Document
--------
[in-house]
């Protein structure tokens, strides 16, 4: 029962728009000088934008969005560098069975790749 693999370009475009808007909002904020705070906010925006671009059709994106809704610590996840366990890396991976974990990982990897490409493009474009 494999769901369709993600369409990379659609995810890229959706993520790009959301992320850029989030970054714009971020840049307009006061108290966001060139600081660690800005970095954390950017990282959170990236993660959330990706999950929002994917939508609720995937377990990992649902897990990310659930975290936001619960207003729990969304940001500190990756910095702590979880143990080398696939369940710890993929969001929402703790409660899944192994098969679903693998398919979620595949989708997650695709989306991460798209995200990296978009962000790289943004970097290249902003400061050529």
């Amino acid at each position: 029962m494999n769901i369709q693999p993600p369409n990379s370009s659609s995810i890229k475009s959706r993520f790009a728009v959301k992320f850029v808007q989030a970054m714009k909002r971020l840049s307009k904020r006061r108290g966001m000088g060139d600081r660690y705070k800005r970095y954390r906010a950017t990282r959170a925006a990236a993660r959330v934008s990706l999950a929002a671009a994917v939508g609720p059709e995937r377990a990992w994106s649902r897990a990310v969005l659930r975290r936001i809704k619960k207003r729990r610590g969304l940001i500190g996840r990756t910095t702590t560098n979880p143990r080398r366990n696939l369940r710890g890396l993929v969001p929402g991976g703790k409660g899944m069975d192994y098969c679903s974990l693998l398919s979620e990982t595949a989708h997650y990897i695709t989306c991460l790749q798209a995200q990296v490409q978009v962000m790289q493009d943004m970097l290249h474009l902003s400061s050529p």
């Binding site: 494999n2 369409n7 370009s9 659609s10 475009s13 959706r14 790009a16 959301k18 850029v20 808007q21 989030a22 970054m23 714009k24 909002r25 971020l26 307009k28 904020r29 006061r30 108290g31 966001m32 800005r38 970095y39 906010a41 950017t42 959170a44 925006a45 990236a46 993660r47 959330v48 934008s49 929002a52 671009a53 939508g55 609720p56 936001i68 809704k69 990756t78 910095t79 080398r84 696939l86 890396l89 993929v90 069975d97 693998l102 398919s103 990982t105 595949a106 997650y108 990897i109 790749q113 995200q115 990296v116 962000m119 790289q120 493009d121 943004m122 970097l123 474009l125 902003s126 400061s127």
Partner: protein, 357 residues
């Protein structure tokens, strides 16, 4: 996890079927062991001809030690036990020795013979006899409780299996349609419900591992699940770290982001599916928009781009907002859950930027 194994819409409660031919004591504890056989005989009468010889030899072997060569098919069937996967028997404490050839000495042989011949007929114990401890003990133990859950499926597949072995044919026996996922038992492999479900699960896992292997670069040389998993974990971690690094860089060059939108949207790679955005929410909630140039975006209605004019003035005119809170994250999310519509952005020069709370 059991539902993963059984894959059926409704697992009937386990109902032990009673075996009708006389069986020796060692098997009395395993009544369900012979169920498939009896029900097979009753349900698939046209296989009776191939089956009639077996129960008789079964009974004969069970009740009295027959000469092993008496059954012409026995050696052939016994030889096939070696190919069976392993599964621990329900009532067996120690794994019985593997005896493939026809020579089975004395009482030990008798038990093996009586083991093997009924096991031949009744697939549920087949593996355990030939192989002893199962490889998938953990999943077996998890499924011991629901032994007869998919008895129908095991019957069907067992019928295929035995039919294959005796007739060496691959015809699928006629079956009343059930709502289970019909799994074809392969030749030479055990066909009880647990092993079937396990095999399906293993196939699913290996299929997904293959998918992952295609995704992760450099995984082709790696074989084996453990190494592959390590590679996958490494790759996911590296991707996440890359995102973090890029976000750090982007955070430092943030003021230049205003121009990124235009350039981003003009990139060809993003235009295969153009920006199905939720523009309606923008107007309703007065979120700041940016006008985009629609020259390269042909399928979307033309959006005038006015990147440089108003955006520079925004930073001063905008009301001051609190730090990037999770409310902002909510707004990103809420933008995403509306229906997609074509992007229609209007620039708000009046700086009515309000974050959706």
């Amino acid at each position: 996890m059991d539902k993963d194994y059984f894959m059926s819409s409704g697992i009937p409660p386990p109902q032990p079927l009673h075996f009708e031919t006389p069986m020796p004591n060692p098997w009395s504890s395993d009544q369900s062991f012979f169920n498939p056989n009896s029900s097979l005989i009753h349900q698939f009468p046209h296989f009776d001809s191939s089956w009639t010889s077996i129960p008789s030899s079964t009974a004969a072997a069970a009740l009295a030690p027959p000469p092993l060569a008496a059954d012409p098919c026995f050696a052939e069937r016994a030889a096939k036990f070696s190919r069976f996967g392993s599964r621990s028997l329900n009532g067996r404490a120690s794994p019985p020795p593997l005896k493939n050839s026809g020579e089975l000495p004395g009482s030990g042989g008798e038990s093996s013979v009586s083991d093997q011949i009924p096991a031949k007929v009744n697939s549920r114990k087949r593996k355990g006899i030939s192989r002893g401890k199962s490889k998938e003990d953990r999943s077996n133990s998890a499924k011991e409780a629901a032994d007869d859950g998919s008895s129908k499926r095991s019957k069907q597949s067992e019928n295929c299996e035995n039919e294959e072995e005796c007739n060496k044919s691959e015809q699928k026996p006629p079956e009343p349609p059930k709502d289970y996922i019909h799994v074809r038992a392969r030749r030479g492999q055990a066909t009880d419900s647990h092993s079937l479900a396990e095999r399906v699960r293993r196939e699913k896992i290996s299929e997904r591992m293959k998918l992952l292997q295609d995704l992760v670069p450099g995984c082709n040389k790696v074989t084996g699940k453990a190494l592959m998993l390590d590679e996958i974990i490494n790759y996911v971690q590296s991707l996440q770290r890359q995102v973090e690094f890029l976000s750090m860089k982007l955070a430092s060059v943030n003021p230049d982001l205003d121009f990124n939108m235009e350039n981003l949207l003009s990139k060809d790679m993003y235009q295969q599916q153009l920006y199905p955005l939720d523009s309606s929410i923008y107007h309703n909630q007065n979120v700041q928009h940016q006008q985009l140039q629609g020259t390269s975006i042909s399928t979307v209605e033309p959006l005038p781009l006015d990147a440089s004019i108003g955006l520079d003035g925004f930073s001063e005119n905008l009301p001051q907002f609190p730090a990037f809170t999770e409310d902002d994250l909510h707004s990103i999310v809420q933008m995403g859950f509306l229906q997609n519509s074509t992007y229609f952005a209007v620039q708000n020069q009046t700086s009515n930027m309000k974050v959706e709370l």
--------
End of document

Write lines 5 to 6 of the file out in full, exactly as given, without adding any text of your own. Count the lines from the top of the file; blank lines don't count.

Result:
Partner: protein, 357 residues
């Protein structure tokens, strides 16, 4: 996890079927062991001809030690036990020795013979006899409780299996349609419900591992699940770290982001599916928009781009907002859950930027 194994819409409660031919004591504890056989005989009468010889030899072997060569098919069937996967028997404490050839000495042989011949007929114990401890003990133990859950499926597949072995044919026996996922038992492999479900699960896992292997670069040389998993974990971690690094860089060059939108949207790679955005929410909630140039975006209605004019003035005119809170994250999310519509952005020069709370 059991539902993963059984894959059926409704697992009937386990109902032990009673075996009708006389069986020796060692098997009395395993009544369900012979169920498939009896029900097979009753349900698939046209296989009776191939089956009639077996129960008789079964009974004969069970009740009295027959000469092993008496059954012409026995050696052939016994030889096939070696190919069976392993599964621990329900009532067996120690794994019985593997005896493939026809020579089975004395009482030990008798038990093996009586083991093997009924096991031949009744697939549920087949593996355990030939192989002893199962490889998938953990999943077996998890499924011991629901032994007869998919008895129908095991019957069907067992019928295929035995039919294959005796007739060496691959015809699928006629079956009343059930709502289970019909799994074809392969030749030479055990066909009880647990092993079937396990095999399906293993196939699913290996299929997904293959998918992952295609995704992760450099995984082709790696074989084996453990190494592959390590590679996958490494790759996911590296991707996440890359995102973090890029976000750090982007955070430092943030003021230049205003121009990124235009350039981003003009990139060809993003235009295969153009920006199905939720523009309606923008107007309703007065979120700041940016006008985009629609020259390269042909399928979307033309959006005038006015990147440089108003955006520079925004930073001063905008009301001051609190730090990037999770409310902002909510707004990103809420933008995403509306229906997609074509992007229609209007620039708000009046700086009515309000974050959706």